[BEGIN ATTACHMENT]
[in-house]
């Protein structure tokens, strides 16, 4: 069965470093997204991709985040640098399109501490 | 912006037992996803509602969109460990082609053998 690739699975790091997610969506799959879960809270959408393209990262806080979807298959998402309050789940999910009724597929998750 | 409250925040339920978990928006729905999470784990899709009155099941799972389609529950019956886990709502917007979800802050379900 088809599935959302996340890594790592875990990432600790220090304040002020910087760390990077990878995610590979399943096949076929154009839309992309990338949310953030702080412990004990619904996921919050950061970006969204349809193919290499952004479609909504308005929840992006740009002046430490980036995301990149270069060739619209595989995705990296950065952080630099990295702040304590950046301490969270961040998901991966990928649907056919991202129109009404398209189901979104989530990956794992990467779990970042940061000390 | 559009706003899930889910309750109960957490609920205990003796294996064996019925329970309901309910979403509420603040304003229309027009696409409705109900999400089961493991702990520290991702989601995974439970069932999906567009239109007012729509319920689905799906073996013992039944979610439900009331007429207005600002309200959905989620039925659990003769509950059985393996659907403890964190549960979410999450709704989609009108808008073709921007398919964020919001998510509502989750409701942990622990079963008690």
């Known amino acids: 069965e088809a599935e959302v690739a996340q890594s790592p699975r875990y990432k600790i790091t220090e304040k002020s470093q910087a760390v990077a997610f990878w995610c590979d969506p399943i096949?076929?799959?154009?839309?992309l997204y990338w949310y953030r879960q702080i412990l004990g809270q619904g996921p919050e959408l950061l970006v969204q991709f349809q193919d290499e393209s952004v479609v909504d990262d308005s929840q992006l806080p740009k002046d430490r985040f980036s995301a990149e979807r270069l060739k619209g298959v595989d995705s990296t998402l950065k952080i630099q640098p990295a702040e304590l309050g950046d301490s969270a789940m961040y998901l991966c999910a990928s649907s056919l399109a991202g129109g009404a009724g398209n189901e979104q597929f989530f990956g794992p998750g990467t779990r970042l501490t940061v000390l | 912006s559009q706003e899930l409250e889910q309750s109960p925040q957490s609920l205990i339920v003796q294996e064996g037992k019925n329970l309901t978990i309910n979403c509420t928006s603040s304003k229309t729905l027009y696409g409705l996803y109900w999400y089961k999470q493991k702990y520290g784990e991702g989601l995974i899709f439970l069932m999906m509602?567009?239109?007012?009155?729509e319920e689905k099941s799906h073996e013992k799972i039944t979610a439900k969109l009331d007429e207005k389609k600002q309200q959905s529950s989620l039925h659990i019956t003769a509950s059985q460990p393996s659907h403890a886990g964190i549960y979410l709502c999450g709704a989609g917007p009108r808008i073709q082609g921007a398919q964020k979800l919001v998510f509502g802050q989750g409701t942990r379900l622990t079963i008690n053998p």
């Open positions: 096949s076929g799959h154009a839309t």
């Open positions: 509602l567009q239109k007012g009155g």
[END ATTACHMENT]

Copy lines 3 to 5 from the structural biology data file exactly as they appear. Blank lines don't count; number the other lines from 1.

């Known amino acids: 069965e088809a599935e959302v690739a996340q890594s790592p699975r875990y990432k600790i790091t220090e304040k002020s470093q910087a760390v990077a997610f990878w995610c590979d969506p399943i096949?076929?799959?154009?839309?992309l997204y990338w949310y953030r879960q702080i412990l004990g809270q619904g996921p919050e959408l950061l970006v969204q991709f349809q193919d290499e393209s952004v479609v909504d990262d308005s929840q992006l806080p740009k002046d430490r985040f980036s995301a990149e979807r270069l060739k619209g298959v595989d995705s990296t998402l950065k952080i630099q640098p990295a702040e304590l309050g950046d301490s969270a789940m961040y998901l991966c999910a990928s649907s056919l399109a991202g129109g009404a009724g398209n189901e979104q597929f989530f990956g794992p998750g990467t779990r970042l501490t940061v000390l | 912006s559009q706003e899930l409250e889910q309750s109960p925040q957490s609920l205990i339920v003796q294996e064996g037992k019925n329970l309901t978990i309910n979403c509420t928006s603040s304003k229309t729905l027009y696409g409705l996803y109900w999400y089961k999470q493991k702990y520290g784990e991702g989601l995974i899709f439970l069932m999906m509602?567009?239109?007012?009155?729509e319920e689905k099941s799906h073996e013992k799972i039944t979610a439900k969109l009331d007429e207005k389609k600002q309200q959905s529950s989620l039925h659990i019956t003769a509950s059985q460990p393996s659907h403890a886990g964190i549960y979410l709502c999450g709704a989609g917007p009108r808008i073709q082609g921007a398919q964020k979800l919001v998510f509502g802050q989750g409701t942990r379900l622990t079963i008690n053998p």
């Open positions: 096949s076929g799959h154009a839309t």
């Open positions: 509602l567009q239109k007012g009155g």